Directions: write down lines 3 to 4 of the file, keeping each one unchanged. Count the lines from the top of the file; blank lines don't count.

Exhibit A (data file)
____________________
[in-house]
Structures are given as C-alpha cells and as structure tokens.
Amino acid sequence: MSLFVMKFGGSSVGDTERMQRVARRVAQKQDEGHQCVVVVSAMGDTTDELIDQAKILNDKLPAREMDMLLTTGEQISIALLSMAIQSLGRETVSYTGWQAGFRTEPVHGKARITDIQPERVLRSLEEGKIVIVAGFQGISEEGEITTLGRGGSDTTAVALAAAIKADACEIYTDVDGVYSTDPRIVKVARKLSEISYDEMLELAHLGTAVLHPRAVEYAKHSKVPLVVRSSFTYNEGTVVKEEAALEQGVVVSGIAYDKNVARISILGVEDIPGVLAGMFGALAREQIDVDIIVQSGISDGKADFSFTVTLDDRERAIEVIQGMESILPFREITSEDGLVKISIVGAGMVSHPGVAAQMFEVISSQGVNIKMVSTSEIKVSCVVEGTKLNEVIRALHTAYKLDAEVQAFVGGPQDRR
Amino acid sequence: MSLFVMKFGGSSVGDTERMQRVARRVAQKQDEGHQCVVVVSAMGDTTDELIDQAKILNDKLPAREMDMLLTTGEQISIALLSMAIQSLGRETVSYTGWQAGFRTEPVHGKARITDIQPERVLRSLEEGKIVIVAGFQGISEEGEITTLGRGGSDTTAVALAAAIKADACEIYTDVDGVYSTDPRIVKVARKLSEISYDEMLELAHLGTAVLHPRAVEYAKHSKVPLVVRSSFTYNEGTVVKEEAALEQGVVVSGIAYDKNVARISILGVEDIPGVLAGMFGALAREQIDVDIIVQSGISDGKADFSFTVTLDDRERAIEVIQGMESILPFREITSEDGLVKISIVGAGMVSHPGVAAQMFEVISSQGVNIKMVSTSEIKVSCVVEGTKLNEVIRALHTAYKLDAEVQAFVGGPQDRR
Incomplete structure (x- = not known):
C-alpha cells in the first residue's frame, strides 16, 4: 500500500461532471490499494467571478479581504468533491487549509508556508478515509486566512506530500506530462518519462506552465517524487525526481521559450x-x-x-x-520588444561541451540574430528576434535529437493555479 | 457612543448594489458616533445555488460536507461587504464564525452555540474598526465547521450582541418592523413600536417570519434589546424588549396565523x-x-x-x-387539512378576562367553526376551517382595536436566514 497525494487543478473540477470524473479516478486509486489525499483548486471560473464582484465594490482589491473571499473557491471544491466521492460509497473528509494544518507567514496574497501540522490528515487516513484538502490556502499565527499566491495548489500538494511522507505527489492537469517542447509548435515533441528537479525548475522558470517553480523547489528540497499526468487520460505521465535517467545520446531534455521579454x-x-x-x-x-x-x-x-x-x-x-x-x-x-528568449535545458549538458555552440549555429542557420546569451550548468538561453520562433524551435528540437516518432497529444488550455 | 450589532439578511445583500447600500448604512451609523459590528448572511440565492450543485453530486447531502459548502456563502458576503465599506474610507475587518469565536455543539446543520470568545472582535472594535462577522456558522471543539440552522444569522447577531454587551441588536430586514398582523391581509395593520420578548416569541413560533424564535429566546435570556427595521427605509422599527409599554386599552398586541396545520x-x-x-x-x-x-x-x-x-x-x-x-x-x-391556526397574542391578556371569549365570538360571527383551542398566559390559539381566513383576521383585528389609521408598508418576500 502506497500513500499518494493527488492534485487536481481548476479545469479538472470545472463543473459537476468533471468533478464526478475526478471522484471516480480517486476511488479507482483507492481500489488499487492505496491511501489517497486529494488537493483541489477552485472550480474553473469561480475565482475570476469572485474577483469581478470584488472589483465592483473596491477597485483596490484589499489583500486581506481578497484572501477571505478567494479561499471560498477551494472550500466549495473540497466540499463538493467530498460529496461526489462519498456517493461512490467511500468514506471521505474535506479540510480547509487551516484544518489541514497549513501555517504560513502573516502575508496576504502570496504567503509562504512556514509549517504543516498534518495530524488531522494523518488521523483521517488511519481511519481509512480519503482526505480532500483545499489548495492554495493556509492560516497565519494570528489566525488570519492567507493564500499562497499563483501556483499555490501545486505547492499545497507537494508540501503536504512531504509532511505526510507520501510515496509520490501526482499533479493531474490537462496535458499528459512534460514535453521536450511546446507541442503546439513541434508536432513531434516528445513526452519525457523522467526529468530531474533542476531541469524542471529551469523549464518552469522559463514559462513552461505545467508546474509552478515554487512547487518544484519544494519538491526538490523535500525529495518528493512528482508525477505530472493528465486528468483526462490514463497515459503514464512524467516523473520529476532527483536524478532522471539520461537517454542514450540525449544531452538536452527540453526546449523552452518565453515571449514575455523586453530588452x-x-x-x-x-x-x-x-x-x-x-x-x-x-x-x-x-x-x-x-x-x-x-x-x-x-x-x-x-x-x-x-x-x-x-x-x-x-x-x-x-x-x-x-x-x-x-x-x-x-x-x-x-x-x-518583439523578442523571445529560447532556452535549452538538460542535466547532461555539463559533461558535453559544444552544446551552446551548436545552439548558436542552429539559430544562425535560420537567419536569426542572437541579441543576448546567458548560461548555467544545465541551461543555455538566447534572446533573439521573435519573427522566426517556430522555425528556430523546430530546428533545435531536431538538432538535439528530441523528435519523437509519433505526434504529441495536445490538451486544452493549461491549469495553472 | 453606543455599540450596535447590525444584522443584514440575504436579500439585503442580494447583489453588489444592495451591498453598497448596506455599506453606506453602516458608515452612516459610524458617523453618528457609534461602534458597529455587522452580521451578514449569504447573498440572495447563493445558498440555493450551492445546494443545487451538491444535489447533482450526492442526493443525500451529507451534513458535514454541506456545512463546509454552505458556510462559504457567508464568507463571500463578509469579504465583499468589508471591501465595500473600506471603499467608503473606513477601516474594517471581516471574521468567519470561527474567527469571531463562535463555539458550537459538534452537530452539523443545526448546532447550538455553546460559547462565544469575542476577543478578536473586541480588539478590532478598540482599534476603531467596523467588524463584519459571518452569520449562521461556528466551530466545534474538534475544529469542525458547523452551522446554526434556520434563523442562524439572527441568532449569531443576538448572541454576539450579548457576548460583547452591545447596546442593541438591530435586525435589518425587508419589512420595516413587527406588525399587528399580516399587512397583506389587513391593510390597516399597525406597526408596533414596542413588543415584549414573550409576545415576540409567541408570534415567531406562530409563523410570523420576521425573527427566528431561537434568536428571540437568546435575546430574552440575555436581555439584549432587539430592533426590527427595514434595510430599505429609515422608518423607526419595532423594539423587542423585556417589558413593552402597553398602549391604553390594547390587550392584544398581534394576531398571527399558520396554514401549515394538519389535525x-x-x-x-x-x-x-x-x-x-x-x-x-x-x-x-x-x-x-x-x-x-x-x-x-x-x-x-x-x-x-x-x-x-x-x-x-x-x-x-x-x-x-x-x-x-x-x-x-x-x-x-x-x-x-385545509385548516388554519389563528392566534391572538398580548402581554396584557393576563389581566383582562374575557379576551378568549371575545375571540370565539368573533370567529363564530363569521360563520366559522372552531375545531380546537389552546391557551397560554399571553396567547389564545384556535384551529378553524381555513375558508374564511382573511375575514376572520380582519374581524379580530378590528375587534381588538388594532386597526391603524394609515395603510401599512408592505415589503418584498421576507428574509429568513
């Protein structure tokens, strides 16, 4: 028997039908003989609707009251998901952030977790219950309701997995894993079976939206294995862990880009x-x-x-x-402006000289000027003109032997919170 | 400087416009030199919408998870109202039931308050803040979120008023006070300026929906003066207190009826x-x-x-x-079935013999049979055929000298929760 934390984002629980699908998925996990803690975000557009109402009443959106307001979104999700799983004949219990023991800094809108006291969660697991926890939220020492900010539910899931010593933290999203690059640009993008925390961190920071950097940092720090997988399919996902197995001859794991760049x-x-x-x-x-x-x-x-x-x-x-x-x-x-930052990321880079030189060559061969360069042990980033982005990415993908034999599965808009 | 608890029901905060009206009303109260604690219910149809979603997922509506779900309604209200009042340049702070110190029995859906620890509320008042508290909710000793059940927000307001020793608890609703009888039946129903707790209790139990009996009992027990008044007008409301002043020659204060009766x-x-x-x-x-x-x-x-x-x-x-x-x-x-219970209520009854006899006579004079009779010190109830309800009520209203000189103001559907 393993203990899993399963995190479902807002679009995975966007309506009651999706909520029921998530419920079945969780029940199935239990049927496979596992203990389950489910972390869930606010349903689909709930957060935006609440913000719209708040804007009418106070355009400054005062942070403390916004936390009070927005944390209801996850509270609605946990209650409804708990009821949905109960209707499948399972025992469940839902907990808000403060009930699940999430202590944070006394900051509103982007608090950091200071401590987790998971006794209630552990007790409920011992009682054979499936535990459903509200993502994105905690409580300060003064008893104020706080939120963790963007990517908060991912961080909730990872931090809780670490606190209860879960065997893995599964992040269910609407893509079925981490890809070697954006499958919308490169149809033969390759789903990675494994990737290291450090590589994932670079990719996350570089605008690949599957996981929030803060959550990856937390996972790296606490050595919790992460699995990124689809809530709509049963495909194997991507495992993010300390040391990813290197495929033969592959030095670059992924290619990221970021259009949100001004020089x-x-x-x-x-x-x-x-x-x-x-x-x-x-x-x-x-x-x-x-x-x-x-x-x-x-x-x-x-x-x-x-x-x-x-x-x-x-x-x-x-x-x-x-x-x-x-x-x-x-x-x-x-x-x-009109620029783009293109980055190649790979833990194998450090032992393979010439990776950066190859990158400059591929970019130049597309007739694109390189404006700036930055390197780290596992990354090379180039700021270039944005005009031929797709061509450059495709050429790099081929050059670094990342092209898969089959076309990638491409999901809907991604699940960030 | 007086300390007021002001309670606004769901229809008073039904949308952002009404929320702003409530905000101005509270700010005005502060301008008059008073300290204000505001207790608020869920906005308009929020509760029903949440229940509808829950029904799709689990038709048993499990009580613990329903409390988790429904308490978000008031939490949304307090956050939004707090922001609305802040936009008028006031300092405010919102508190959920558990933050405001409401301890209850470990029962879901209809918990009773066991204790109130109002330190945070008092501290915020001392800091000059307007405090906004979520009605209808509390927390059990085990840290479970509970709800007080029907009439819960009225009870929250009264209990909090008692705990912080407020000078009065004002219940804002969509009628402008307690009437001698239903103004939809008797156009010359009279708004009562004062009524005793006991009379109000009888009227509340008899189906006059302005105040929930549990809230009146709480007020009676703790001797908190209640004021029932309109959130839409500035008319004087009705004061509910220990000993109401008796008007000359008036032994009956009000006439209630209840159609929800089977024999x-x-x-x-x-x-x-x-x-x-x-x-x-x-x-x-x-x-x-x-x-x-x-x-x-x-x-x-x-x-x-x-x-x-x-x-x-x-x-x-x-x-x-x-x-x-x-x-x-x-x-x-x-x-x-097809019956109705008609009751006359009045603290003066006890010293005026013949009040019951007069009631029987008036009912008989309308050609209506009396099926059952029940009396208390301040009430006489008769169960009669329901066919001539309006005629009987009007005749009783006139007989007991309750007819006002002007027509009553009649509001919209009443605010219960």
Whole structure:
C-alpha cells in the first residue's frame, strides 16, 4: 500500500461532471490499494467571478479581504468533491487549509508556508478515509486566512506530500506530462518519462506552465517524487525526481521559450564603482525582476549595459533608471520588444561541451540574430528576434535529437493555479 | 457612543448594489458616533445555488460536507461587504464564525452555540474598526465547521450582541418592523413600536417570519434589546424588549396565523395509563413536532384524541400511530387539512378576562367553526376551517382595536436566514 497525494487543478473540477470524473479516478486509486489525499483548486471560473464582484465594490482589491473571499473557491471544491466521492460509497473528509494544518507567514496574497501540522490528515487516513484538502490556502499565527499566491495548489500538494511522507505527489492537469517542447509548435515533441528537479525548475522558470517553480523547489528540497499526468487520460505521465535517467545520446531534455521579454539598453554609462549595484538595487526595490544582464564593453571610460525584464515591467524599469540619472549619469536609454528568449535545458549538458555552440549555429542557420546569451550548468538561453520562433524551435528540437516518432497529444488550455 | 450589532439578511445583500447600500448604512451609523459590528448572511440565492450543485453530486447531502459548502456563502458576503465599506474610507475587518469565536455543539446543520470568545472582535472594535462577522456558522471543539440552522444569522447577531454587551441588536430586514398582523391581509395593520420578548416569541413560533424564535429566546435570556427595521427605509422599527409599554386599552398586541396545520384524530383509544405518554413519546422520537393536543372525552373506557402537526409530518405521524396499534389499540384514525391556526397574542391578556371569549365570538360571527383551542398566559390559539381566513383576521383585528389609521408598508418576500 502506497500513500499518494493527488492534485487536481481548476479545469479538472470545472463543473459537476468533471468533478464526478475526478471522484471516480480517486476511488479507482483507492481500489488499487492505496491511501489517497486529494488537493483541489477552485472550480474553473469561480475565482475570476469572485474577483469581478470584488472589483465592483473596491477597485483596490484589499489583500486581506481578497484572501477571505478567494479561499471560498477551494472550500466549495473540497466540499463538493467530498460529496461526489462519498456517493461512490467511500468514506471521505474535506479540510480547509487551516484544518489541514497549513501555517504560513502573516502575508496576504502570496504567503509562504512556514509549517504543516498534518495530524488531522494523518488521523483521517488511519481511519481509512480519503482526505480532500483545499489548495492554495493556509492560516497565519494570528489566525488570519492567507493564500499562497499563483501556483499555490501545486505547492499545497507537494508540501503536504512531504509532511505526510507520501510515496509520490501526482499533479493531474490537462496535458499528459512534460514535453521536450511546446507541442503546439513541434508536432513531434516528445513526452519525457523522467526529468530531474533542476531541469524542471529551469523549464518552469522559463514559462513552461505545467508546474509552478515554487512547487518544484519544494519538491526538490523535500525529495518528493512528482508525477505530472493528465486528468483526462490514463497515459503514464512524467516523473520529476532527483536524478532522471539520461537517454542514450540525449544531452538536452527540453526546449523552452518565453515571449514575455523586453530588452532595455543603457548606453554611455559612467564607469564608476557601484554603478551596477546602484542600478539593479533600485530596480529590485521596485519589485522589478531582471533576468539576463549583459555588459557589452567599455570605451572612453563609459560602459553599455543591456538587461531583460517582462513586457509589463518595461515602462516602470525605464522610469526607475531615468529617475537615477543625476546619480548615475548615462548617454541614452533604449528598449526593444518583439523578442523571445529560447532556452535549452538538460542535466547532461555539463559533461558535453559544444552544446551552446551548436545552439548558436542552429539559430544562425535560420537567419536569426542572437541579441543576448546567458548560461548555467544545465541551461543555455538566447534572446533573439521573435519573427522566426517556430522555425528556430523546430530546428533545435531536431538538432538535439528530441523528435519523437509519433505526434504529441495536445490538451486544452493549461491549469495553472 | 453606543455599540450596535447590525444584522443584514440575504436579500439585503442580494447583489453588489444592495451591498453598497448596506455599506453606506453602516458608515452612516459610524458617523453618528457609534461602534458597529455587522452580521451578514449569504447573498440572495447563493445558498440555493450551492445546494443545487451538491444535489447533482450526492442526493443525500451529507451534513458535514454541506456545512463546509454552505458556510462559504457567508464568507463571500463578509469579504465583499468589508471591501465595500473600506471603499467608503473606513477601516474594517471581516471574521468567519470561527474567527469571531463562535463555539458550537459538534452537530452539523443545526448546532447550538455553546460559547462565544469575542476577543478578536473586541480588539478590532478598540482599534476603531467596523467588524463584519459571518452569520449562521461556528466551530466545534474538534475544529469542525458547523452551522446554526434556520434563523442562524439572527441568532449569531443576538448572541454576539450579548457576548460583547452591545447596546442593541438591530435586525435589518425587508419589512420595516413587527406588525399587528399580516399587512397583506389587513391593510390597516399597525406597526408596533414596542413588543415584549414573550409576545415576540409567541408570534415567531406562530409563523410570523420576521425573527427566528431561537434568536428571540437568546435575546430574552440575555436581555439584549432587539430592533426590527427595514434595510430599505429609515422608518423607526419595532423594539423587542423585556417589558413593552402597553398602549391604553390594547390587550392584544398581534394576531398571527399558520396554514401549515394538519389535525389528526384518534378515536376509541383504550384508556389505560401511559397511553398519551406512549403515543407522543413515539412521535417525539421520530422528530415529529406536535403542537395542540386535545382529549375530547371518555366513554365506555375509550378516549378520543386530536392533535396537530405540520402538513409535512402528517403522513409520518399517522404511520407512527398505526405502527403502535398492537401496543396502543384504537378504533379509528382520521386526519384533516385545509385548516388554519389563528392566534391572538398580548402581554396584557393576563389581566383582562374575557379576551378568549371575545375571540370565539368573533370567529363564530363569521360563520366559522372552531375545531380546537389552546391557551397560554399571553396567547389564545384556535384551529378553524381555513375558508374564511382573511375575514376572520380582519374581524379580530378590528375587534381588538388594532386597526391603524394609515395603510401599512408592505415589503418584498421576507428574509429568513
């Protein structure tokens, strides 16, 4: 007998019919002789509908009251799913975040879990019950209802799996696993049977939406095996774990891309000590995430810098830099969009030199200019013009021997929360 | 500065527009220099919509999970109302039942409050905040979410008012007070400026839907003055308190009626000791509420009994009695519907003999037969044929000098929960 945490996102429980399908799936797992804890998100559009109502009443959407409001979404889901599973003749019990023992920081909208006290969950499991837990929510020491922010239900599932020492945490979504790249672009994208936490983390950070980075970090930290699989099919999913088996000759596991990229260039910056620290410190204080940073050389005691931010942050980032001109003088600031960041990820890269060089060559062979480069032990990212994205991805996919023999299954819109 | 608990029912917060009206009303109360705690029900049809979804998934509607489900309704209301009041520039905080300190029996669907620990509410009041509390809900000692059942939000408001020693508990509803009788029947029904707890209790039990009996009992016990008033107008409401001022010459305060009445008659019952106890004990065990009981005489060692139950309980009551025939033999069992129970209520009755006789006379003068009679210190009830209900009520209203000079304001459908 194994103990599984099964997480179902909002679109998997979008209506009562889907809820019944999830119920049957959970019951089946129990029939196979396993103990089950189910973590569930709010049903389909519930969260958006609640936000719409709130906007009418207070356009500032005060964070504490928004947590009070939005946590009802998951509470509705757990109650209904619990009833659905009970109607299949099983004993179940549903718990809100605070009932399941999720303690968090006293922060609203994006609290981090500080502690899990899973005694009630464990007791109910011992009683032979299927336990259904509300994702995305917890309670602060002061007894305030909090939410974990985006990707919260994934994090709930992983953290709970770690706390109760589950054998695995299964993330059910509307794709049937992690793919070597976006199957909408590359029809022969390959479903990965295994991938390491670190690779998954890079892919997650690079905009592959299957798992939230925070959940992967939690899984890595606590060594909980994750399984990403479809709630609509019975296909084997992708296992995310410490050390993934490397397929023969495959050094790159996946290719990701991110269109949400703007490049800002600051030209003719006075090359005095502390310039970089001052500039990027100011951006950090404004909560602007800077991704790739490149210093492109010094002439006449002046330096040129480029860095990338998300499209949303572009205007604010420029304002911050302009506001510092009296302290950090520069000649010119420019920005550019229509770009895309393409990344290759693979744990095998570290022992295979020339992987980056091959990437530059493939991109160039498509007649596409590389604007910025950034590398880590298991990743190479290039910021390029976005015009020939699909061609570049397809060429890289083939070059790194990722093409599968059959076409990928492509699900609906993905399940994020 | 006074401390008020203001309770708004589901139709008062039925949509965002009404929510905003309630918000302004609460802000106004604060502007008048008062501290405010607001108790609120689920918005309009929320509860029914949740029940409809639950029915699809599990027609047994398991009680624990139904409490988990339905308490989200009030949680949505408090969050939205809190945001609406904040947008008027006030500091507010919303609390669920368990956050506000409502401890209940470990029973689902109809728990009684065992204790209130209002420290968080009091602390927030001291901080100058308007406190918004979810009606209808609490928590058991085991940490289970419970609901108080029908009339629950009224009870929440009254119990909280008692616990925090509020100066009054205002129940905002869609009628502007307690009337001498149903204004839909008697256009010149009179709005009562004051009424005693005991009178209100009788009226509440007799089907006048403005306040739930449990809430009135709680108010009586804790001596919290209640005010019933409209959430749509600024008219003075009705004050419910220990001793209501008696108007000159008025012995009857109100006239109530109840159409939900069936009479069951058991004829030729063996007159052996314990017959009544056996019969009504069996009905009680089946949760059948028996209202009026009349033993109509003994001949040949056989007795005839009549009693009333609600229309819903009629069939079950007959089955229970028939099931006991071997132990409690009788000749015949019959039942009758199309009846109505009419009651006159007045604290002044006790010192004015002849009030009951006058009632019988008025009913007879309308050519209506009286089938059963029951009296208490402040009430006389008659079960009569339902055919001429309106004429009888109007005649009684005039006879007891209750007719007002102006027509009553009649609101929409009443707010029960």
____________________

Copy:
Amino acid sequence: MSLFVMKFGGSSVGDTERMQRVARRVAQKQDEGHQCVVVVSAMGDTTDELIDQAKILNDKLPAREMDMLLTTGEQISIALLSMAIQSLGRETVSYTGWQAGFRTEPVHGKARITDIQPERVLRSLEEGKIVIVAGFQGISEEGEITTLGRGGSDTTAVALAAAIKADACEIYTDVDGVYSTDPRIVKVARKLSEISYDEMLELAHLGTAVLHPRAVEYAKHSKVPLVVRSSFTYNEGTVVKEEAALEQGVVVSGIAYDKNVARISILGVEDIPGVLAGMFGALAREQIDVDIIVQSGISDGKADFSFTVTLDDRERAIEVIQGMESILPFREITSEDGLVKISIVGAGMVSHPGVAAQMFEVISSQGVNIKMVSTSEIKVSCVVEGTKLNEVIRALHTAYKLDAEVQAFVGGPQDRR
Amino acid sequence: MSLFVMKFGGSSVGDTERMQRVARRVAQKQDEGHQCVVVVSAMGDTTDELIDQAKILNDKLPAREMDMLLTTGEQISIALLSMAIQSLGRETVSYTGWQAGFRTEPVHGKARITDIQPERVLRSLEEGKIVIVAGFQGISEEGEITTLGRGGSDTTAVALAAAIKADACEIYTDVDGVYSTDPRIVKVARKLSEISYDEMLELAHLGTAVLHPRAVEYAKHSKVPLVVRSSFTYNEGTVVKEEAALEQGVVVSGIAYDKNVARISILGVEDIPGVLAGMFGALAREQIDVDIIVQSGISDGKADFSFTVTLDDRERAIEVIQGMESILPFREITSEDGLVKISIVGAGMVSHPGVAAQMFEVISSQGVNIKMVSTSEIKVSCVVEGTKLNEVIRALHTAYKLDAEVQAFVGGPQDRR